How did FTX’s Problem Start?

FTX has its own cryptocurrency coin, named FTT, that investors can use to pay transaction fees. Mr. Zhao sold his interest in FTX to Mr. Bankman-Fried last year, who paid for it in part with FTT tokens.

On November 2, the crypto website CoinDesk published a leaked memo. That publication claimed to show that Mr. Bankman-hedge Fried’s fund, Alameda Research, possessed a lot of FTT tokens. FTX and Alameda are actually different companies and not financially related. However, according to the investigation, they have strong financial relationships.

On November 6, Binance declared that it would liquidate its FTT tokens “due to recent disclosures.” As a result, the price of FTT dropped, and traders hurried to exit FTX. With the worry that it would be yet another failed crypto firm. FTX hurried to execute withdrawal requests totaling an estimated $6 billion over three days. It appeared to be in a liquidity crisis, which meant it lacked the funds to fulfill requests.

Binance Intervention

Binance said that it had achieved an agreement to buy FTX in order to save it. However, Mr. Zhao stated in the statement that “Binance retains the discretion to withdraw from the arrangement at any time.”

Mr. Bankman-Fried said in a separate release that the agreement would protect clients and allow FTX to finish processing their withdrawals. He tried to dismiss speculations of a feud between FTX and Binance, saying, “we are in the greatest of hands.”

However, later on, Binance said that it would no longer purchase FTX, citing “company due diligence” as the reason. It also mentioned regulatory inquiries and reports of misused monies. FTX stated that it had established a partnership with Tron, a blockchain platform, in light of this withdrawal. This is to exchange various tokens from FTX to other crypto wallets.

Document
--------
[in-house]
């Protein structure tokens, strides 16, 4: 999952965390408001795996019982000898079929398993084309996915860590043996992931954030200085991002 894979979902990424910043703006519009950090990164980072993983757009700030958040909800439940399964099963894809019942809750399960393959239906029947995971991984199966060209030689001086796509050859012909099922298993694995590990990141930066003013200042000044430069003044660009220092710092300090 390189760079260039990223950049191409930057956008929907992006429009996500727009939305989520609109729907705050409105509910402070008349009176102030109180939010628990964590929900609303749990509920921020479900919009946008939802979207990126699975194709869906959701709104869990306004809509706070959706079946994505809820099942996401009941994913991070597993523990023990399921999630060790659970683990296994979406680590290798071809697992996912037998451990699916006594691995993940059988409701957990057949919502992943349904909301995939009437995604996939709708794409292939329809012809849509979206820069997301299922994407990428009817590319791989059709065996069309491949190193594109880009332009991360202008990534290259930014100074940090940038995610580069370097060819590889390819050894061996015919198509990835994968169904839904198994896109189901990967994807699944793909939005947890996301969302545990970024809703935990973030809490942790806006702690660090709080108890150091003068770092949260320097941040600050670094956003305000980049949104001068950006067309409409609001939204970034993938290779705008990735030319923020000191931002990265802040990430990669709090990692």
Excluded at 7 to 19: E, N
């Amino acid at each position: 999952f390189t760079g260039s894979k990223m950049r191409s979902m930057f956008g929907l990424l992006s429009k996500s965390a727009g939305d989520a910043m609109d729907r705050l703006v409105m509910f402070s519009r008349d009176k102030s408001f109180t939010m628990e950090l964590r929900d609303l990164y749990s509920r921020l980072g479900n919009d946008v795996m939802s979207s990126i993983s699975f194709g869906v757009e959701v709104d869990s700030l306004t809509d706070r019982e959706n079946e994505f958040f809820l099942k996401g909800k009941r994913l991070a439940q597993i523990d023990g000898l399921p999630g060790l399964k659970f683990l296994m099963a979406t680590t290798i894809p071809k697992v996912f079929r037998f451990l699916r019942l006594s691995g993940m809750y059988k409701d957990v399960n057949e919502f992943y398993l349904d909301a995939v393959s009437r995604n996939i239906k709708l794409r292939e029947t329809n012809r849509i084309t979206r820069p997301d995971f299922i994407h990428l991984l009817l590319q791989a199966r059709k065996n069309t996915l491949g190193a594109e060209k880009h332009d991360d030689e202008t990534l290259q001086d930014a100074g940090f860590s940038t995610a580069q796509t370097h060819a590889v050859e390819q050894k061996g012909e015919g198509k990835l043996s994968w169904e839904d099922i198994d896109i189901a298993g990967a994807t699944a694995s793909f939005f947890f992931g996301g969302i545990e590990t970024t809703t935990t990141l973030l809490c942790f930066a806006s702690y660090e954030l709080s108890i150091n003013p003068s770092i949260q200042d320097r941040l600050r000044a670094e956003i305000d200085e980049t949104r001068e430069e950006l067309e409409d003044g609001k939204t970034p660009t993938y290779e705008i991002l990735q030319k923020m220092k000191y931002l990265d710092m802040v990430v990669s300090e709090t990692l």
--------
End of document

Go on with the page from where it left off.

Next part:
Now What for FTX and Its Investors?

To fulfill the withdrawal requests, FTX must either find billions of dollars or find a way to reassure the safety of their money. When there are so many consumers running for the door, that is never simple. Bloomberg reported on Thursday that Bankman-Fried stated that the firm needs $4 billion to stay stable, with an $8 billion funding deficit.

There are also deeper issues to discuss. Bankman-Fried stated on Twitter that FTX was “OK” and did not deal with customer assets at all. However, Sequoia Capital, a venture capital firm that invested $150 million in FTX, stated that the company was experiencing not only a liquidity crisis but also solvency issues. This means it owed more money than it actually had.

Just after the sale failed, “SBF” reappeared and apologized for his mistakes. He apologized for the inadequate communication and stated that he had incorrectly assumed the exchange could not face a liquidity crisis. He kept insisting that it was not insolvent.

Bankman-apologies only went so far, and he left users with questions. Especially given other assertions he was making at the same time. According to the Wall Street Journal, FTX gave Alameda $10 billion in customer funds to gamble with. This represents a sizable chunk of the exchange’s $16 billion in assets.